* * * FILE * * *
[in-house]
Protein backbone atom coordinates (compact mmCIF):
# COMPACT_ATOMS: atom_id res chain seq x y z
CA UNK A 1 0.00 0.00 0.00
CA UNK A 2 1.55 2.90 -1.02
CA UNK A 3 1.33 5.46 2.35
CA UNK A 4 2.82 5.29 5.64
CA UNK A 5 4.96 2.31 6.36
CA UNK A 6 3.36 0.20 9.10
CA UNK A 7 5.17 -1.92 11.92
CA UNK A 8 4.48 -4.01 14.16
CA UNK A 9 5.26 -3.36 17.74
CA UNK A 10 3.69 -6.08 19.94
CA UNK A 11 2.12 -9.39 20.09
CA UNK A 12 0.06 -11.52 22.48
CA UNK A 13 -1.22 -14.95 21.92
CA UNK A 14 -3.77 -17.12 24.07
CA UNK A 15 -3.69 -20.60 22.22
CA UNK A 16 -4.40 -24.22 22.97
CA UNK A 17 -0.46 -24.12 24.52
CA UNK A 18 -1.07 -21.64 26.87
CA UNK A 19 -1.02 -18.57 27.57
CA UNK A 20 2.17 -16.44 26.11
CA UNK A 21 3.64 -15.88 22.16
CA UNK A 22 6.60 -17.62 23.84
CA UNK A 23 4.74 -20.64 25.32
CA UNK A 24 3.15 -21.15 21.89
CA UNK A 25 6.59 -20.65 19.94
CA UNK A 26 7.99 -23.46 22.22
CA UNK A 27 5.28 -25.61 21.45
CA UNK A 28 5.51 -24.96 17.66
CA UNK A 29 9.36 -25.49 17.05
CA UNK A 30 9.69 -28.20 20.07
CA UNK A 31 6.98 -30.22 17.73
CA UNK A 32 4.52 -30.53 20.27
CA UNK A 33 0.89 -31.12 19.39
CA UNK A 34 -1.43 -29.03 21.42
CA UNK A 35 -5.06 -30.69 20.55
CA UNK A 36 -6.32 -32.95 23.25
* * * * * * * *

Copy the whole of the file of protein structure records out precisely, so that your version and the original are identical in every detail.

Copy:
[in-house]
Protein backbone atom coordinates (compact mmCIF):
# COMPACT_ATOMS: atom_id res chain seq x y z
CA UNK A 1 0.00 0.00 0.00
CA UNK A 2 1.55 2.90 -1.02
CA UNK A 3 1.33 5.46 2.35
CA UNK A 4 2.82 5.29 5.64
CA UNK A 5 4.96 2.31 6.36
CA UNK A 6 3.36 0.20 9.10
CA UNK A 7 5.17 -1.92 11.92
CA UNK A 8 4.48 -4.01 14.16
CA UNK A 9 5.26 -3.36 17.74
CA UNK A 10 3.69 -6.08 19.94
CA UNK A 11 2.12 -9.39 20.09
CA UNK A 12 0.06 -11.52 22.48
CA UNK A 13 -1.22 -14.95 21.92
CA UNK A 14 -3.77 -17.12 24.07
CA UNK A 15 -3.69 -20.60 22.22
CA UNK A 16 -4.40 -24.22 22.97
CA UNK A 17 -0.46 -24.12 24.52
CA UNK A 18 -1.07 -21.64 26.87
CA UNK A 19 -1.02 -18.57 27.57
CA UNK A 20 2.17 -16.44 26.11
CA UNK A 21 3.64 -15.88 22.16
CA UNK A 22 6.60 -17.62 23.84
CA UNK A 23 4.74 -20.64 25.32
CA UNK A 24 3.15 -21.15 21.89
CA UNK A 25 6.59 -20.65 19.94
CA UNK A 26 7.99 -23.46 22.22
CA UNK A 27 5.28 -25.61 21.45
CA UNK A 28 5.51 -24.96 17.66
CA UNK A 29 9.36 -25.49 17.05
CA UNK A 30 9.69 -28.20 20.07
CA UNK A 31 6.98 -30.22 17.73
CA UNK A 32 4.52 -30.53 20.27
CA UNK A 33 0.89 -31.12 19.39
CA UNK A 34 -1.43 -29.03 21.42
CA UNK A 35 -5.06 -30.69 20.55
CA UNK A 36 -6.32 -32.95 23.25